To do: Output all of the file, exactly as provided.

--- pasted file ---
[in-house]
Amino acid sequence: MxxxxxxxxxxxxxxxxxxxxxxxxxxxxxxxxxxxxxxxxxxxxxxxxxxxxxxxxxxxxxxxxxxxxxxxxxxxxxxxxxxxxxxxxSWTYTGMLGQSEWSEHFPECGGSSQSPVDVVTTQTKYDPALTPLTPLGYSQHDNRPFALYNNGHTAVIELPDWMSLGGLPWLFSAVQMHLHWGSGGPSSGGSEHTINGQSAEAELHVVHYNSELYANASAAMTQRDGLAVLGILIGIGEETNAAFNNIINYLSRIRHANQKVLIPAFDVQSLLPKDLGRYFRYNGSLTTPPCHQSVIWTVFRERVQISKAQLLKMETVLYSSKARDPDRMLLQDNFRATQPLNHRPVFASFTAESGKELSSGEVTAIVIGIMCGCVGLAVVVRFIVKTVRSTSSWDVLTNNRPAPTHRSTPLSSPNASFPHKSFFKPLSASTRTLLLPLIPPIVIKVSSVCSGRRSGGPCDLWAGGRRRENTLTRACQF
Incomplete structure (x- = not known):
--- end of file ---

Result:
[in-house]
Amino acid sequence: MxxxxxxxxxxxxxxxxxxxxxxxxxxxxxxxxxxxxxxxxxxxxxxxxxxxxxxxxxxxxxxxxxxxxxxxxxxxxxxxxxxxxxxxxSWTYTGMLGQSEWSEHFPECGGSSQSPVDVVTTQTKYDPALTPLTPLGYSQHDNRPFALYNNGHTAVIELPDWMSLGGLPWLFSAVQMHLHWGSGGPSSGGSEHTINGQSAEAELHVVHYNSELYANASAAMTQRDGLAVLGILIGIGEETNAAFNNIINYLSRIRHANQKVLIPAFDVQSLLPKDLGRYFRYNGSLTTPPCHQSVIWTVFRERVQISKAQLLKMETVLYSSKARDPDRMLLQDNFRATQPLNHRPVFASFTAESGKELSSGEVTAIVIGIMCGCVGLAVVVRFIVKTVRSTSSWDVLTNNRPAPTHRSTPLSSPNASFPHKSFFKPLSASTRTLLLPLIPPIVIKVSSVCSGRRSGGPCDLWAGGRRRENTLTRACQF
Incomplete structure (x- = not known):